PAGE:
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Could your eye vitamins be making macular degeneration worse?

Patients with AMD (Age-related Macular Degeneration), may currently be accelerating their condition by taking the wrong supplement.  Up to 65% of AMD patients using the AREDS formulation, currently the gold standard treatment for patients with intermediate AMD, may be on the wrong path depending on their personal genetics.  According to recent scientific work by Dr. Carl Awe, a vitreoretinal surgeon and leading author and advocate in clinical research on genetically guided therapy for AMD, a patients genetic makeup could have them speeding up their disease by 135% instead of slowing it down by taking an AREDS or AREDS 2 formulation.  

AREDS supplements containing anti-oxidants (vitamin E, C) as well as copper and zinc were postulated prognosis5-1.jpgand tested through a National Institute of Health funded study and further refined with a follow-up study, AREDS 2 in 2013.  This formulation has become the standard treatment for the dry form of the disease that millions of patients have been prescribed by ophthalmology and optometry since it was published.   Dr. Awe et al, over the last few years has discovered that applying genetic data to the original AREDS participants shows that although the "average" benefit of taking AREDS was demonstrated, the individual patients showed genotype-dependent responses.  Of particular concern from this was the response that some patients had a particularly 'bad reaction' to either zinc, anti-oxidants, or the combination thereof which put some patients at risk of advancing the disease.  There is also now some controversy over this subject between the 'genetically-guided' and the beholden 'AREDS' camps respectively.

Regardless, the findings are compelling and I am making my position clear that I believe the statistical strength of Dr. Awe's work moving enough for me to mark a change in the direction of care I deliver.  We have known for sometime that zinc can exacerbate certain retinal conditions and the upper daily limit by nutrition standards is 40mg, yet the AREDS calls for 80mg.  AREDS 2 showed no clinical difference in response to 80 mg vs. 25 mg yet, major AREDS supplement providers have remained at twice the recommended daily dose (their may be financially driven reasons for this).  This is but one point that has caused me to take pause in blanketing all patients with the same formula.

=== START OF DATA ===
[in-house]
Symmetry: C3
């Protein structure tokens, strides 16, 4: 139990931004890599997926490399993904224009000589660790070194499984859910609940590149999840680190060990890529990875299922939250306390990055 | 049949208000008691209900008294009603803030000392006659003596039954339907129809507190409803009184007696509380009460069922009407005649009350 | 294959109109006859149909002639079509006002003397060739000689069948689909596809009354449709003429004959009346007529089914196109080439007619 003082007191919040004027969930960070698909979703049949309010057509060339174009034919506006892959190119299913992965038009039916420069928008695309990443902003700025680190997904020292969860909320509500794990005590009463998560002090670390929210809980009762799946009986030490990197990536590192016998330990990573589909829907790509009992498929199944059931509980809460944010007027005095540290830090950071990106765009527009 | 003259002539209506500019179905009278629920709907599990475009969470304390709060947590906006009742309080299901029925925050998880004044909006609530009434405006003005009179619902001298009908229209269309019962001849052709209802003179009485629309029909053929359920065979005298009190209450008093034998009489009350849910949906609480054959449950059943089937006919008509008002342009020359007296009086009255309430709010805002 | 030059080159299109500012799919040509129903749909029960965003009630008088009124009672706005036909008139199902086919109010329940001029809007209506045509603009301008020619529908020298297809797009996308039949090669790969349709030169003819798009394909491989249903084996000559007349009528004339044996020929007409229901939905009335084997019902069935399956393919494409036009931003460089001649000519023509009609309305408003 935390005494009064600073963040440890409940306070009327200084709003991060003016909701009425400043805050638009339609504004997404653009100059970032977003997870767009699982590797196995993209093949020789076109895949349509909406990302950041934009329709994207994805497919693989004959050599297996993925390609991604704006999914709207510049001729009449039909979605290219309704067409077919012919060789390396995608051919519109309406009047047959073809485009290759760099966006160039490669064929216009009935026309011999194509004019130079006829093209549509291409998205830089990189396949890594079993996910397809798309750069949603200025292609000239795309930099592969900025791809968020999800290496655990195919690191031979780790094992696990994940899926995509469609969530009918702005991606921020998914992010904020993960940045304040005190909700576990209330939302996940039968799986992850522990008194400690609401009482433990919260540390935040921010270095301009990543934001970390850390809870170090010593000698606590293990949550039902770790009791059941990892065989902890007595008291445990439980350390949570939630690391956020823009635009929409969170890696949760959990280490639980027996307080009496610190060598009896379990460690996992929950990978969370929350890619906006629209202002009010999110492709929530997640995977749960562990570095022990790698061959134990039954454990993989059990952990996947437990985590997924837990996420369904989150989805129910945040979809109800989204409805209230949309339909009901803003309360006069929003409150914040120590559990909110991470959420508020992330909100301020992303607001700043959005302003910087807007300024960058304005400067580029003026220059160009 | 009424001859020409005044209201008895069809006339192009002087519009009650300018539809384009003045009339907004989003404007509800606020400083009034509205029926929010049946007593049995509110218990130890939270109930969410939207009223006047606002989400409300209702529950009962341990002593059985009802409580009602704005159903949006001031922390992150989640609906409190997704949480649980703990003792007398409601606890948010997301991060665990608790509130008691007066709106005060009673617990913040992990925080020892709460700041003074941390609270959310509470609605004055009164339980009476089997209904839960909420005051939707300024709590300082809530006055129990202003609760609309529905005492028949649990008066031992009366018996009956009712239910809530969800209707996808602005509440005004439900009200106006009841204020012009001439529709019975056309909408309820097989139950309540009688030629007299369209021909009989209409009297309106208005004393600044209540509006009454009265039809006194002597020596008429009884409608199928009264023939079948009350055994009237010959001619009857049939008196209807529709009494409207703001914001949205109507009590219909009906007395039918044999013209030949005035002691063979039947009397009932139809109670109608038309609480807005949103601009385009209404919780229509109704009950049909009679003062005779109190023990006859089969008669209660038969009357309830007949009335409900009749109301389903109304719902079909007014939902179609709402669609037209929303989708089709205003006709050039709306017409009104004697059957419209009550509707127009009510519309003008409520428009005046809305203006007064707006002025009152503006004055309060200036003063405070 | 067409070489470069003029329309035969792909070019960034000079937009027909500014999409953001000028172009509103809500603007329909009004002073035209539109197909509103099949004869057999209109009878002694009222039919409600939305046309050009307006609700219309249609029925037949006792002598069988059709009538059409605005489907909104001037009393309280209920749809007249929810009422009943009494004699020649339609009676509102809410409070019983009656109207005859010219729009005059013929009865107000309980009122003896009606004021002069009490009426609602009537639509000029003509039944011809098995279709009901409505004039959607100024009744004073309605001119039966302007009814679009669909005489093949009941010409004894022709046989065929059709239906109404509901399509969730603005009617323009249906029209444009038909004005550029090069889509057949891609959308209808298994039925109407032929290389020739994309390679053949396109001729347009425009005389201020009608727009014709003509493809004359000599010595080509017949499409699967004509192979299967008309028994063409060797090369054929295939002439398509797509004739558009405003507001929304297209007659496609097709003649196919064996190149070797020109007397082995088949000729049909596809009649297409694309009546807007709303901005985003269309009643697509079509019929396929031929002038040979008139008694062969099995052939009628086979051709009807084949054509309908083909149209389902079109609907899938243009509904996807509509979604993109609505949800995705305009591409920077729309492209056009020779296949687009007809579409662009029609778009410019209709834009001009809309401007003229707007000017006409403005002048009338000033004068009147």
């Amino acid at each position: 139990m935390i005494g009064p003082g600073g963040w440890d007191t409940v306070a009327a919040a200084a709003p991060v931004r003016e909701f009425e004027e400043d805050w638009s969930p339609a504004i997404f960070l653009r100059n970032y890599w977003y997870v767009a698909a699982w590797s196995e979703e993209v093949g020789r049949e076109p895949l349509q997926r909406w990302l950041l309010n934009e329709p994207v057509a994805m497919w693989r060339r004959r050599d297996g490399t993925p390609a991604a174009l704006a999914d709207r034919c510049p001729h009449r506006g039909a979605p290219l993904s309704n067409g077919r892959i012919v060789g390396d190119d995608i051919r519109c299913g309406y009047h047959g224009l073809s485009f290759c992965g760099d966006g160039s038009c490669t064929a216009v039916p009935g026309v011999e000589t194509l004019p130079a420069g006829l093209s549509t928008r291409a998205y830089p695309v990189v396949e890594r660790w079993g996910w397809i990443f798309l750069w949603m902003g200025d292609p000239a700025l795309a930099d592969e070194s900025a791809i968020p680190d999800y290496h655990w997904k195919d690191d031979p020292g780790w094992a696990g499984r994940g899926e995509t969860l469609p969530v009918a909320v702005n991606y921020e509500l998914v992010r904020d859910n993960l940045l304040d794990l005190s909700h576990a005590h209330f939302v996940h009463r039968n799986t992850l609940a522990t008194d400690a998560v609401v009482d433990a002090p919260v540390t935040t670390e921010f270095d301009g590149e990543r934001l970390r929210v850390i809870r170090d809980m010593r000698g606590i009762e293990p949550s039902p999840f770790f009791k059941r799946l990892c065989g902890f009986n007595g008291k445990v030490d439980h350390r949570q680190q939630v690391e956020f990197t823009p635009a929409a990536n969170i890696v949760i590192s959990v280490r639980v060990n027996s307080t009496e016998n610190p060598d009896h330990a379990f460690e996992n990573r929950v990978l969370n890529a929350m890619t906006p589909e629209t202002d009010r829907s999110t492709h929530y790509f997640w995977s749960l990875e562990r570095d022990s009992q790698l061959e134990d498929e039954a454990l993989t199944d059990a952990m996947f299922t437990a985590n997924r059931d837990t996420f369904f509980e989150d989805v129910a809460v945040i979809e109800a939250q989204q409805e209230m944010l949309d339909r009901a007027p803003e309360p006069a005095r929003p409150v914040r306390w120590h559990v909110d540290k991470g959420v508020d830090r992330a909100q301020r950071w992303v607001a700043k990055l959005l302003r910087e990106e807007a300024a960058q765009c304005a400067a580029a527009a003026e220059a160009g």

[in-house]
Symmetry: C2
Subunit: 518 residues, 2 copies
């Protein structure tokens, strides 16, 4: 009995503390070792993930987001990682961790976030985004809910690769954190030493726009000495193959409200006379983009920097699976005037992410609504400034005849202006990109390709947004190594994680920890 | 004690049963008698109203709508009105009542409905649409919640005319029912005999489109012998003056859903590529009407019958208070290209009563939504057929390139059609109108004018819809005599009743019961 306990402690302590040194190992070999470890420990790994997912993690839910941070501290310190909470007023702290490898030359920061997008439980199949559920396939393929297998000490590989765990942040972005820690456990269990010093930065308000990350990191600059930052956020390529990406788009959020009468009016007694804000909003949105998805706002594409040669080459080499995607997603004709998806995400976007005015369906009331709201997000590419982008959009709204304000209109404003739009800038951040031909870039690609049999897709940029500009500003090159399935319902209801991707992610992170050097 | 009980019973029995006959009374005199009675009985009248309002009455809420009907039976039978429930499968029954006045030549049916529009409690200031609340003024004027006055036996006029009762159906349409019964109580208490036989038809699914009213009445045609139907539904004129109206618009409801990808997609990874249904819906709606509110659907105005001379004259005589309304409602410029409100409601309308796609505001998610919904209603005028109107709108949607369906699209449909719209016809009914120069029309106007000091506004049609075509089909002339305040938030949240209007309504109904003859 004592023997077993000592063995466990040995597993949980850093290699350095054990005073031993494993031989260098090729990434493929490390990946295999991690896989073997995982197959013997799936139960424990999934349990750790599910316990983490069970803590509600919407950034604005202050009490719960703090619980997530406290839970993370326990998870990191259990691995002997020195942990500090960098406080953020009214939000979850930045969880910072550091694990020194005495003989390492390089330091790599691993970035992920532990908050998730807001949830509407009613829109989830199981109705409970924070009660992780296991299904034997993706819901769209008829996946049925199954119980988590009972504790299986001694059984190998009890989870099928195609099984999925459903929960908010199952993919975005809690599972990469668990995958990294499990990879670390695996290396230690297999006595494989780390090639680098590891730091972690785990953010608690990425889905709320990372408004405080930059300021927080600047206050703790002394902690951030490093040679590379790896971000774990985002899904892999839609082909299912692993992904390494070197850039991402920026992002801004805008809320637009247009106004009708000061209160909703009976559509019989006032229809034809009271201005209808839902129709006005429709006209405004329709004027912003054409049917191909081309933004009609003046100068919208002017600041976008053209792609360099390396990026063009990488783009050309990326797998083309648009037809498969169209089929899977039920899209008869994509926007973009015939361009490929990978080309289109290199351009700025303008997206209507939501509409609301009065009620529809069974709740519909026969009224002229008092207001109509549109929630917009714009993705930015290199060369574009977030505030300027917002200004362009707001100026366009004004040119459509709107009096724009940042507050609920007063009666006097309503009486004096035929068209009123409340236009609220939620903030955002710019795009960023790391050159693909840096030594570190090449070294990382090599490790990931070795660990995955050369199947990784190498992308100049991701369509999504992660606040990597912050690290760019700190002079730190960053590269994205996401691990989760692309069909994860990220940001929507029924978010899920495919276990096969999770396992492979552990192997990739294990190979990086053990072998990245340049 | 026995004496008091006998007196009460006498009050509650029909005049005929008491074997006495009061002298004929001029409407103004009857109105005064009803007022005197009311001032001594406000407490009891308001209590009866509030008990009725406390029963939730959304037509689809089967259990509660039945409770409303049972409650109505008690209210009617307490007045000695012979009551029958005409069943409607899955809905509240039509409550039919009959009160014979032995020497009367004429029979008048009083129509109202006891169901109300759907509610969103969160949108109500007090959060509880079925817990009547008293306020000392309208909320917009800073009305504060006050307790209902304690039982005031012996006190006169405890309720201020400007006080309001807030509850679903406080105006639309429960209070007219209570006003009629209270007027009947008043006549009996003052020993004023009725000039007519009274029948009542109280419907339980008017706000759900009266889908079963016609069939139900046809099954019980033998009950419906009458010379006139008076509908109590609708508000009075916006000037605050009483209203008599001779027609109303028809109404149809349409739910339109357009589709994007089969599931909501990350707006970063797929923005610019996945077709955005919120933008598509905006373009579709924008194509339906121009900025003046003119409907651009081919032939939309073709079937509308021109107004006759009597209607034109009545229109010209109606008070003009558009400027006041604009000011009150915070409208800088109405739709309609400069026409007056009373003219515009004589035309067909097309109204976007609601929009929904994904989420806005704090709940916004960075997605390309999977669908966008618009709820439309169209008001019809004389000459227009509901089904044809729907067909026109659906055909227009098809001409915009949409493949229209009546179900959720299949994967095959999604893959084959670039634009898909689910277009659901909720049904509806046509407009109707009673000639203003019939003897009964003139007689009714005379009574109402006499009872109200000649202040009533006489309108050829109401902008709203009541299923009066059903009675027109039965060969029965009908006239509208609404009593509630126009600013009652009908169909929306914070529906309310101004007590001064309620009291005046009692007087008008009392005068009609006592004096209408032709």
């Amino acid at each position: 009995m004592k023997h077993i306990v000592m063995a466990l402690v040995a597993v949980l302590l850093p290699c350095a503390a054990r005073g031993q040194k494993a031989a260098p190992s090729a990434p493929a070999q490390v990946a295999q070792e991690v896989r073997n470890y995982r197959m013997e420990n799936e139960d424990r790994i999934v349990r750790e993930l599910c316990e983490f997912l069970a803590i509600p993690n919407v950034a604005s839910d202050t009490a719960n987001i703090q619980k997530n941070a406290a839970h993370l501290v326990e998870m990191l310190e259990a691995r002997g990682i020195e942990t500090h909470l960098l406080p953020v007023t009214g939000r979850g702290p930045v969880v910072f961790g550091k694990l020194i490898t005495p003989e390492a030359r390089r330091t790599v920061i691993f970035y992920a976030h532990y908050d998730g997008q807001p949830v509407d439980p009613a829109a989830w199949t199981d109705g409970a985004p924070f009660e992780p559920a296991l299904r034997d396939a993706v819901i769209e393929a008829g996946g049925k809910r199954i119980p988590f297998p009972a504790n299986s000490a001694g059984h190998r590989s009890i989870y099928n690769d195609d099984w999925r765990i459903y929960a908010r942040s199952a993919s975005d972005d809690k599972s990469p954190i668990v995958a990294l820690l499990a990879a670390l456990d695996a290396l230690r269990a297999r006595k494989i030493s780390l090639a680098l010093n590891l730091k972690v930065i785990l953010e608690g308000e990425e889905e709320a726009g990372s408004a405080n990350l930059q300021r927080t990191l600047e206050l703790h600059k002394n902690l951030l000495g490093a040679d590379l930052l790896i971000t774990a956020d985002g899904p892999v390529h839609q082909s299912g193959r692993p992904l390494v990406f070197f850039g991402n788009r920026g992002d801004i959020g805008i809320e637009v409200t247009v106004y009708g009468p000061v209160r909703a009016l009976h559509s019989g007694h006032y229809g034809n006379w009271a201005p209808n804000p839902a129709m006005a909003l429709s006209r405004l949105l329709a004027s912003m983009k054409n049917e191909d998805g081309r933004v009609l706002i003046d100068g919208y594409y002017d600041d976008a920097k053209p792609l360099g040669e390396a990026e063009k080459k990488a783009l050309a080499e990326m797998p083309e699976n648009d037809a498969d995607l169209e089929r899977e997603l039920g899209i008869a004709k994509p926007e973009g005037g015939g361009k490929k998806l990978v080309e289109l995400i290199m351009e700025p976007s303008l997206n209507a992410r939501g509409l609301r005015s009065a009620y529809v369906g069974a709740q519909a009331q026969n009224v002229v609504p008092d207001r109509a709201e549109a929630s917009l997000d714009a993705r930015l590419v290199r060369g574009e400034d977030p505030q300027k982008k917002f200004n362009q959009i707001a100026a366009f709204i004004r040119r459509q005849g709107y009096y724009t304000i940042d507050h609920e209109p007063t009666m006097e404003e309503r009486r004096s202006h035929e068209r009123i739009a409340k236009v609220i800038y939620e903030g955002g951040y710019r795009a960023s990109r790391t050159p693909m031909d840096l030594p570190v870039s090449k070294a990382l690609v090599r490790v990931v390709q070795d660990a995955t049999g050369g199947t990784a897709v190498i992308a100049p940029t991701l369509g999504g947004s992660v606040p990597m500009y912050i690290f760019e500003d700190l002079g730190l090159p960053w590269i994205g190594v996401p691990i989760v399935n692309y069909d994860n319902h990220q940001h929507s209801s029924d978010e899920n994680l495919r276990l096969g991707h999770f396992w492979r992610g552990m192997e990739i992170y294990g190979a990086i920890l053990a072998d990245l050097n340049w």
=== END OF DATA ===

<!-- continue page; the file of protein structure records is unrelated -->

Current standard of care for all my AMD patients now involves providing patients with the option of a genetic test (cheek swab) that will match their genotype to the criteria derived from Dr. Awe's work and allow a specific formula for a patient to adhere to rather than the "AREDS for all" approach.  The age of personalized medicine is here and I believe it a professional responsibility to educate all patients on these new findings.   As scientists, we will differ in opinion and some eye care providers may choose to refute this new approach, which is reasonable and hopefully a result of significant due diligence.  It should be noted that both camps have conflicts of interest in this debate, however I will note that Dr. Awe has been up front about his, where as the NIH have been a bit quiet on this point.   All I can say is when a patients ask me what I would do if I had this disease....I answer without hesitation: in a heartbeat!

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